Something similar occurred in an Israeli day care center that was faced with the problem that more and more parents were coming late—after closing—to pick up their kids. Since the day care center couldn’t very well lock up and leave toddlers sitting alone on the steps awaiting their errant parents, they were stuck. Exhortation to come on time did not have the desired effect, so the day care center resorted to a fine for lateness. Now, parents would have two reasons to come on time. It was their obligation, and they would pay a fine for failing to meet that obligation.

But the day care center was in for a surprise. When they imposed a fine for lateness, lateness increased. Prior to the imposition of a fine, about 25% of parents came late. When the fine was introduced, the percentage of latecomers rose, to about 33%. As the fines continued, the percentage of latecomers continued to go up, reaching about 40% by the 16th week.

Why did the fines have this paradoxical effect? To many of the parents, it seemed that a fine was just a price. We know that a fine is not a price. A price is what you pay for a service or a good. It’s an exchange between willing participants. A fine, in contrast, is punishment for a transgression. A $25 parking ticket is not the price for parking; it’s the penalty for parking where parking is not permitted. But there is nothing to stop people from interpreting a fine as a price. If it costs you $30 to park in a downtown garage, you might well calculate that it’s cheaper to park illegally on the street. Any notion of moral sanction is lost. You’re not doing the “wrong” thing; you’re doing the economical thing. And to get you to stop, we’ll have to make the fine (price) for parking illegally higher than the price for parking in a garage.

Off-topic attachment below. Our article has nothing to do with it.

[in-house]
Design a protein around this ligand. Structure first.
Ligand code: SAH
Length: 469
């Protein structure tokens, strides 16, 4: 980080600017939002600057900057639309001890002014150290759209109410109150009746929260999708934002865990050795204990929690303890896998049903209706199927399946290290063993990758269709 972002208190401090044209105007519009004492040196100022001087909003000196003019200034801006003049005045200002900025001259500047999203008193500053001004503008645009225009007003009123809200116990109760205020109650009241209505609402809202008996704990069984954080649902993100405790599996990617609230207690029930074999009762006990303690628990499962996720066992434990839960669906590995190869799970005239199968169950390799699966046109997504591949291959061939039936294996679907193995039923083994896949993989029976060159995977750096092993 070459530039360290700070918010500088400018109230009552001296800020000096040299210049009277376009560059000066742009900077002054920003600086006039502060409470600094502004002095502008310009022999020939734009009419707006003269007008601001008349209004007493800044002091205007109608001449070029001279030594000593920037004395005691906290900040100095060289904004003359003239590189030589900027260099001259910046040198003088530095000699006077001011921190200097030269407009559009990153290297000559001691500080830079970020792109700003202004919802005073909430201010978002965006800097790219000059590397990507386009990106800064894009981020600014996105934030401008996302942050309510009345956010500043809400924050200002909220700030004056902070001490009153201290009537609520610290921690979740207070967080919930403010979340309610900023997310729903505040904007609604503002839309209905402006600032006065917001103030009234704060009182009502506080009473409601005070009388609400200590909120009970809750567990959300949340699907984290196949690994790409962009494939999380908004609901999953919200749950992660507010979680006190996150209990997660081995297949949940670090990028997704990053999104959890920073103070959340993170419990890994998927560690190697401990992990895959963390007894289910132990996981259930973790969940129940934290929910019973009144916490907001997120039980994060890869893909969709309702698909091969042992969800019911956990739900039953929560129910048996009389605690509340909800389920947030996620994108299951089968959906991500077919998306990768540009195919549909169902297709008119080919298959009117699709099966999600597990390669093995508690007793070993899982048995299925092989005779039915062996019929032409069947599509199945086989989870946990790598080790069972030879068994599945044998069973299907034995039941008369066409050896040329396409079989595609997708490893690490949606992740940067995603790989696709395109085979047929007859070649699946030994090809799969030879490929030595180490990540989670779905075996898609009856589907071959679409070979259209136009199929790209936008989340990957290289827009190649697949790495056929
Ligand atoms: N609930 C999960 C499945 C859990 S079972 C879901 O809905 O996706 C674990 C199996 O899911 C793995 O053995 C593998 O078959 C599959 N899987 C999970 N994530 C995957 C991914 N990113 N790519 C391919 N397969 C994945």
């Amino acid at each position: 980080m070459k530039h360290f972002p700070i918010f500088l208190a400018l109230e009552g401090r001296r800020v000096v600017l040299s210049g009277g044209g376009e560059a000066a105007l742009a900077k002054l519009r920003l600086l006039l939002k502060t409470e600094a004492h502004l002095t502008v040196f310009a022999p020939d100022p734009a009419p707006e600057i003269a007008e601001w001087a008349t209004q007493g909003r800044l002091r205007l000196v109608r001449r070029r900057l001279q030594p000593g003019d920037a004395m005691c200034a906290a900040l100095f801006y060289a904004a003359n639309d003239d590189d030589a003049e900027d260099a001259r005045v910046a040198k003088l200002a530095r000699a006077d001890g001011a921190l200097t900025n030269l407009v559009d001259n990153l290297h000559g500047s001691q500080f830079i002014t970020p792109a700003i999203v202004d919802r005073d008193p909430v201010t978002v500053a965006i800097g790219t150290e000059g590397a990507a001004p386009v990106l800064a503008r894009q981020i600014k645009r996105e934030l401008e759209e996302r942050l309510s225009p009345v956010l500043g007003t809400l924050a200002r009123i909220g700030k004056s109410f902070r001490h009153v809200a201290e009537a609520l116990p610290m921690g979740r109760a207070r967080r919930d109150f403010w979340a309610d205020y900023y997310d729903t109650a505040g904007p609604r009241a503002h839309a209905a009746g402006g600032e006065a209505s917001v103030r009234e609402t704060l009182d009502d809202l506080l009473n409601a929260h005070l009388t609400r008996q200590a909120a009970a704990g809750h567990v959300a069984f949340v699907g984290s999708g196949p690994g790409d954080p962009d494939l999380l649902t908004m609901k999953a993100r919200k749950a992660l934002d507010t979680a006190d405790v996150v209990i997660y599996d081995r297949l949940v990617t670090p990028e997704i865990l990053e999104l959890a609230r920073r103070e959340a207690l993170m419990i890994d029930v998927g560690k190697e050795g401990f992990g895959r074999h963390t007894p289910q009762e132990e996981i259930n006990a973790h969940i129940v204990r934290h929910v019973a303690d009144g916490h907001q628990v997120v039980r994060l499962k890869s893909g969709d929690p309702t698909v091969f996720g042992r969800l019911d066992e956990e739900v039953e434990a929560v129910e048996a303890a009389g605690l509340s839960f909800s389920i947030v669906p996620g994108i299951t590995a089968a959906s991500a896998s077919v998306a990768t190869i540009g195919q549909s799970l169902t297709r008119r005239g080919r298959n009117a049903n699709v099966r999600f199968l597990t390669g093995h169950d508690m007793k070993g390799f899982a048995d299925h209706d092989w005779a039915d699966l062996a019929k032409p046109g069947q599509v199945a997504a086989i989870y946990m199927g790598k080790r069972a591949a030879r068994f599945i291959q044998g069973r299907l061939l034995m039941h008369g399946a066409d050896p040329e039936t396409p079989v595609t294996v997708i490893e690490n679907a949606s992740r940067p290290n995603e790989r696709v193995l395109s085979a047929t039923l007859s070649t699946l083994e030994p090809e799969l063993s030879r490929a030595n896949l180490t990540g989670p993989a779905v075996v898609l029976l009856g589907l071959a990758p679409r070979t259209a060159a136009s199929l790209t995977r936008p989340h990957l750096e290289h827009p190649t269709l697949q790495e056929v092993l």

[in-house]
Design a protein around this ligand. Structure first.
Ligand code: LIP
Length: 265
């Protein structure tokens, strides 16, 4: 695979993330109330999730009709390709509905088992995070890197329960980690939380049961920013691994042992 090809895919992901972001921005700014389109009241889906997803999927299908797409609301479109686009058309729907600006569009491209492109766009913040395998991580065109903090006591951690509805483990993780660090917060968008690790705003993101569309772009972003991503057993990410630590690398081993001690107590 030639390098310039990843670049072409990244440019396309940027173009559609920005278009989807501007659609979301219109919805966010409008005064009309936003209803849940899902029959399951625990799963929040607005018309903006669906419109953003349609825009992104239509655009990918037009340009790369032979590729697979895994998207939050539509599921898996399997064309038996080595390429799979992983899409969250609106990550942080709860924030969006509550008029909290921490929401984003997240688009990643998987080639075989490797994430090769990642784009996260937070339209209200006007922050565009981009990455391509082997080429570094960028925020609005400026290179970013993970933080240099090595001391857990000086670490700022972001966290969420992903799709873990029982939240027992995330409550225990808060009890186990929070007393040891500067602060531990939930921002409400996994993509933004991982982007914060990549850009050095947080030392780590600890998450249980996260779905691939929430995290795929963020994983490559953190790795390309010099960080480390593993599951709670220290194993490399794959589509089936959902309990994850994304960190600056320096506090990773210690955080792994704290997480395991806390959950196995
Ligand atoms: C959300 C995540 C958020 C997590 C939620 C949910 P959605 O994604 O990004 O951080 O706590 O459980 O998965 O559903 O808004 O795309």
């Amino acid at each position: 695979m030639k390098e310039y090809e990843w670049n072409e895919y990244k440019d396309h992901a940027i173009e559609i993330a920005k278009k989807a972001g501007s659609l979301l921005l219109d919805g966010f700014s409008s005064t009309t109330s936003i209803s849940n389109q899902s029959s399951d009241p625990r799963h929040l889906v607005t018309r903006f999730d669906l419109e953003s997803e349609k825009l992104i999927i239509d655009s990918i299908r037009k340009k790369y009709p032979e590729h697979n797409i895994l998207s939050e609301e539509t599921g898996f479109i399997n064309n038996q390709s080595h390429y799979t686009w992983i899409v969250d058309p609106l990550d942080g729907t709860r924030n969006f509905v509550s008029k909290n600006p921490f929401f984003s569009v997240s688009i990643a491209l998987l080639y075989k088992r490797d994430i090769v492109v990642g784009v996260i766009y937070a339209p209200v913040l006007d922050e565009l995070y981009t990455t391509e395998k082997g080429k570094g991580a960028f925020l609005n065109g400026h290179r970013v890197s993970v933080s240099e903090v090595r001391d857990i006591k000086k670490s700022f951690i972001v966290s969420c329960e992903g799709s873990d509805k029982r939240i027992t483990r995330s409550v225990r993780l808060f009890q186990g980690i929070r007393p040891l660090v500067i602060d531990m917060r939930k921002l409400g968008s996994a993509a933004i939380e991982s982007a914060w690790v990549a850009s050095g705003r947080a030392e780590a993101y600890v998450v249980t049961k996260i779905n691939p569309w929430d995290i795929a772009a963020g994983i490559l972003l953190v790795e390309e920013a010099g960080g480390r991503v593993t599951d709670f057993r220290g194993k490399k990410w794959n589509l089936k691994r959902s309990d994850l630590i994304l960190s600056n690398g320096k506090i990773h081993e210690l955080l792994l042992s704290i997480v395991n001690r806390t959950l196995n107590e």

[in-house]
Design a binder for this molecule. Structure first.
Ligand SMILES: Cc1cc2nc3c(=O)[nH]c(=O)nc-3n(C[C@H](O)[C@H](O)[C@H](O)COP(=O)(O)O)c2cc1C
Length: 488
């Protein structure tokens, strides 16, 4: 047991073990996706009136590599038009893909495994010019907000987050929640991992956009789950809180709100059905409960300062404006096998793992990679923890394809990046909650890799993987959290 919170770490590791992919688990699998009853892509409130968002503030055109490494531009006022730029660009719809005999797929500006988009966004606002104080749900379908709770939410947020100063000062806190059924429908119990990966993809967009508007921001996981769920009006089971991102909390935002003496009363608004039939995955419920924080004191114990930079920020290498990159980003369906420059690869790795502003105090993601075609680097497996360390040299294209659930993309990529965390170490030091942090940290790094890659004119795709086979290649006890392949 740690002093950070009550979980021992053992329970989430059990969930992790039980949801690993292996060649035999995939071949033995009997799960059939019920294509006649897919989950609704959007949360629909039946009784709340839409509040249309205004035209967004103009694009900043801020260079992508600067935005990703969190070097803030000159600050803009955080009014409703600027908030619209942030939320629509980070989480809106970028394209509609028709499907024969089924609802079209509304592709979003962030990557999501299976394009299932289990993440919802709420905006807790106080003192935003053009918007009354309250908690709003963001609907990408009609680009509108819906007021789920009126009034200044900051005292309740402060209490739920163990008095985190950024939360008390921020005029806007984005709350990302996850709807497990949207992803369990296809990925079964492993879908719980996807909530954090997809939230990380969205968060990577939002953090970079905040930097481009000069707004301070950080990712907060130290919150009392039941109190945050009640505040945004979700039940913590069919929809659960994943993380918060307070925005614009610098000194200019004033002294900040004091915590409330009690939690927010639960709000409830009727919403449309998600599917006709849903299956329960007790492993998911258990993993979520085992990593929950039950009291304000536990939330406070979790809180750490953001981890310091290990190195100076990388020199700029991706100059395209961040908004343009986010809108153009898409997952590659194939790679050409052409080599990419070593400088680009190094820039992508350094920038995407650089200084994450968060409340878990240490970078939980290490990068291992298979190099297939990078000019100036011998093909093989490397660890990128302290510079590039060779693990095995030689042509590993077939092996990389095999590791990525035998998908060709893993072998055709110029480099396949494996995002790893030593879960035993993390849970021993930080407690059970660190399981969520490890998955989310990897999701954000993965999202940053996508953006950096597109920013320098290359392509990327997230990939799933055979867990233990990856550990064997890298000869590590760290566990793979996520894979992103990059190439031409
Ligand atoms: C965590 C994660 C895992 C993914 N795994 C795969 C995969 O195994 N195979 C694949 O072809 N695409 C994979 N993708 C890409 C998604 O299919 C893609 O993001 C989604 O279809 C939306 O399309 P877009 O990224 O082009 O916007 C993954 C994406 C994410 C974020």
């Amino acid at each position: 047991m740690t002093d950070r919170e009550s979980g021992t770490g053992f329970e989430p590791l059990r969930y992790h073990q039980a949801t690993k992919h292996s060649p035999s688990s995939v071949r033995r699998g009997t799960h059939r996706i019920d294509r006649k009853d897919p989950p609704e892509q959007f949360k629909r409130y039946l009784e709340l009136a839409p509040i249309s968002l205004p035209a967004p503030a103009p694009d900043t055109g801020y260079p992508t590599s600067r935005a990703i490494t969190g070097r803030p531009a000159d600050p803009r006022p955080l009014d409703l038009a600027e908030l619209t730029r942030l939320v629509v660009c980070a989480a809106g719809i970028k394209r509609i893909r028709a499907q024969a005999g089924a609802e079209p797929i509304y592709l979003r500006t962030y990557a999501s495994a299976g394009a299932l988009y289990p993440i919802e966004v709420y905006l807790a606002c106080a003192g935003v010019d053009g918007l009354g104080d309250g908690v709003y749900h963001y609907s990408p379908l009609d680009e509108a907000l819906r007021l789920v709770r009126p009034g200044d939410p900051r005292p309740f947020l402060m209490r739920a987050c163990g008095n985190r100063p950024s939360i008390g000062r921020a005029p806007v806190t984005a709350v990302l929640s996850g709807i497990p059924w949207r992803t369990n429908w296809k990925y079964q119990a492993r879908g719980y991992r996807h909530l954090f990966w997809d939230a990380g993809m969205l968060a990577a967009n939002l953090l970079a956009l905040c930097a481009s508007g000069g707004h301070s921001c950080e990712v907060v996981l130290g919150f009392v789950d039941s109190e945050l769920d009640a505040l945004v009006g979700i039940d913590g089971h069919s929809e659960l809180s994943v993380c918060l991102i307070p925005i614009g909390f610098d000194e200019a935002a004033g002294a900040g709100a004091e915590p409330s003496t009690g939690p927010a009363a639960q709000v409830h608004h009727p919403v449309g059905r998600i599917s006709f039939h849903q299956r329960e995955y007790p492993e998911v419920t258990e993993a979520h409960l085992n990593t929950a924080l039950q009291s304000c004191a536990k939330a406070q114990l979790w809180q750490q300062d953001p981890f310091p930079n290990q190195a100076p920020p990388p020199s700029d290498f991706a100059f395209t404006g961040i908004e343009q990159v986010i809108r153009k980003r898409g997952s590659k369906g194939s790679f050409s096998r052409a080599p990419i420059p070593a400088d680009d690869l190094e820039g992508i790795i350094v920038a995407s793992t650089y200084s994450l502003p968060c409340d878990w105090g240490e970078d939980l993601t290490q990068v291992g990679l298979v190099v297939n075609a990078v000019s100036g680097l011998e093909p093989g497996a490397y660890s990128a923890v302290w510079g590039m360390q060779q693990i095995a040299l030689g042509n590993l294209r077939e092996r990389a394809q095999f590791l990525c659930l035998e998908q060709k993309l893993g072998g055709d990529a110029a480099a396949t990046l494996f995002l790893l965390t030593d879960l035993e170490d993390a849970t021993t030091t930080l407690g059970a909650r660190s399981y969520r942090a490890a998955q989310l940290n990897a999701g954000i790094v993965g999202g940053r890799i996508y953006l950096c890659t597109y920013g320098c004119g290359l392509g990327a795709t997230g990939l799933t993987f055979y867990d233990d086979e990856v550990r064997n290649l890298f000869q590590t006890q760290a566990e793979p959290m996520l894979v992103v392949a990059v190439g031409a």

(emphasis above, mine)

The original article, written by Kenneth Sharpe, a Professor of Political Science at Swarthmore College, appeared on LinkedIn. 

Sunk Costs – A Useful Fallacy?

As anyone with a passing interest in economics (which, by the way, I think every literate human being on the planet should study or make more than a passing attempt to understand) knows, the “Sunk Cost Fallacy” is a big deal.

It is also something that prevents us from making rational choices in many cases, even in our daily lives. But does it serve a useful purpose? 

Yes, it does, argue two economists:

That is the counterintuitive theory that Sandeep Baliga of the Kellogg Graduate School of Management and Jeffrey Ely of Northwestern University’s Department of Economics advance in their paper “Mnemonomics: The Sunk Cost Fallacy as Memory Kludge.” The authors argue that human beings—even rational ones—have a limited capacity to remember the original reasoning behind their decisions. If that capacity is exceeded, the information could be lost—so we need a mental placeholder that can remind us of why we decided something, just as tying a string around your finger reminds you that you need to pick up milk on the way home from work. This kind of ad hoc “memory device” is called a mnemonic. Mnemonic devices often encode some aspect of the relevant information as well, just as the letters in the mnemonic name “Roy G. Biv” stand for the first letters of the colors in the rainbow.